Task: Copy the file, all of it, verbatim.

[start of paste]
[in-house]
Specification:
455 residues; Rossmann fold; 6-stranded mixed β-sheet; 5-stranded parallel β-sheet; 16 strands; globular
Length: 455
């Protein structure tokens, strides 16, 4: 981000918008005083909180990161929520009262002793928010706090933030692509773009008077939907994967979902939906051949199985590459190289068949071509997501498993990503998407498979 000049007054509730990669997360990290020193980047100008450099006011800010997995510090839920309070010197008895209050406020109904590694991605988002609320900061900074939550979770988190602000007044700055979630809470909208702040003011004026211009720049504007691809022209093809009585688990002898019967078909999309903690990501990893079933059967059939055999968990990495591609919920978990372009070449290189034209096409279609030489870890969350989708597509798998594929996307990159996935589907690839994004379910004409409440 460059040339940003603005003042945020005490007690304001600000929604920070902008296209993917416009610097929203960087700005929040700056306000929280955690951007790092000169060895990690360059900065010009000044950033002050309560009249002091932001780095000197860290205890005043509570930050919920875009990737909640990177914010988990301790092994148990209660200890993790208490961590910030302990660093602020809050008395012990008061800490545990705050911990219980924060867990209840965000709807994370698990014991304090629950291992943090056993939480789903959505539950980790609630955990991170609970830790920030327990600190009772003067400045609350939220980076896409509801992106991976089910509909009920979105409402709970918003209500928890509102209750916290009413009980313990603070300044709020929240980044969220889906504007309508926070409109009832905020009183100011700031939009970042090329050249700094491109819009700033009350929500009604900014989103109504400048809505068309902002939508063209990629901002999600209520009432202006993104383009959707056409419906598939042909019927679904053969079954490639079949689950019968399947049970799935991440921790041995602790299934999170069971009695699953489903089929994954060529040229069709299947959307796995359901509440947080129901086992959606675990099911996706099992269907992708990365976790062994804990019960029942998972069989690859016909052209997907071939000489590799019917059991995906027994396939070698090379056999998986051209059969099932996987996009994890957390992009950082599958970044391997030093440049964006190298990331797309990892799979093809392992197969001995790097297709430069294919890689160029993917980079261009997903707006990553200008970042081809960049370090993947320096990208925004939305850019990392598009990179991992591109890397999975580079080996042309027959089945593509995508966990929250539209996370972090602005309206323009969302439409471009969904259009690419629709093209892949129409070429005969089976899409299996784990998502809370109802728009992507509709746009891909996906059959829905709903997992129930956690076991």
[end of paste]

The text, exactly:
[in-house]
Specification:
455 residues; Rossmann fold; 6-stranded mixed β-sheet; 5-stranded parallel β-sheet; 16 strands; globular
Length: 455
């Protein structure tokens, strides 16, 4: 981000918008005083909180990161929520009262002793928010706090933030692509773009008077939907994967979902939906051949199985590459190289068949071509997501498993990503998407498979 000049007054509730990669997360990290020193980047100008450099006011800010997995510090839920309070010197008895209050406020109904590694991605988002609320900061900074939550979770988190602000007044700055979630809470909208702040003011004026211009720049504007691809022209093809009585688990002898019967078909999309903690990501990893079933059967059939055999968990990495591609919920978990372009070449290189034209096409279609030489870890969350989708597509798998594929996307990159996935589907690839994004379910004409409440 460059040339940003603005003042945020005490007690304001600000929604920070902008296209993917416009610097929203960087700005929040700056306000929280955690951007790092000169060895990690360059900065010009000044950033002050309560009249002091932001780095000197860290205890005043509570930050919920875009990737909640990177914010988990301790092994148990209660200890993790208490961590910030302990660093602020809050008395012990008061800490545990705050911990219980924060867990209840965000709807994370698990014991304090629950291992943090056993939480789903959505539950980790609630955990991170609970830790920030327990600190009772003067400045609350939220980076896409509801992106991976089910509909009920979105409402709970918003209500928890509102209750916290009413009980313990603070300044709020929240980044969220889906504007309508926070409109009832905020009183100011700031939009970042090329050249700094491109819009700033009350929500009604900014989103109504400048809505068309902002939508063209990629901002999600209520009432202006993104383009959707056409419906598939042909019927679904053969079954490639079949689950019968399947049970799935991440921790041995602790299934999170069971009695699953489903089929994954060529040229069709299947959307796995359901509440947080129901086992959606675990099911996706099992269907992708990365976790062994804990019960029942998972069989690859016909052209997907071939000489590799019917059991995906027994396939070698090379056999998986051209059969099932996987996009994890957390992009950082599958970044391997030093440049964006190298990331797309990892799979093809392992197969001995790097297709430069294919890689160029993917980079261009997903707006990553200008970042081809960049370090993947320096990208925004939305850019990392598009990179991992591109890397999975580079080996042309027959089945593509995508966990929250539209996370972090602005309206323009969302439409471009969904259009690419629709093209892949129409070429005969089976899409299996784990998502809370109802728009992507509709746009891909996906059959829905709903997992129930956690076991």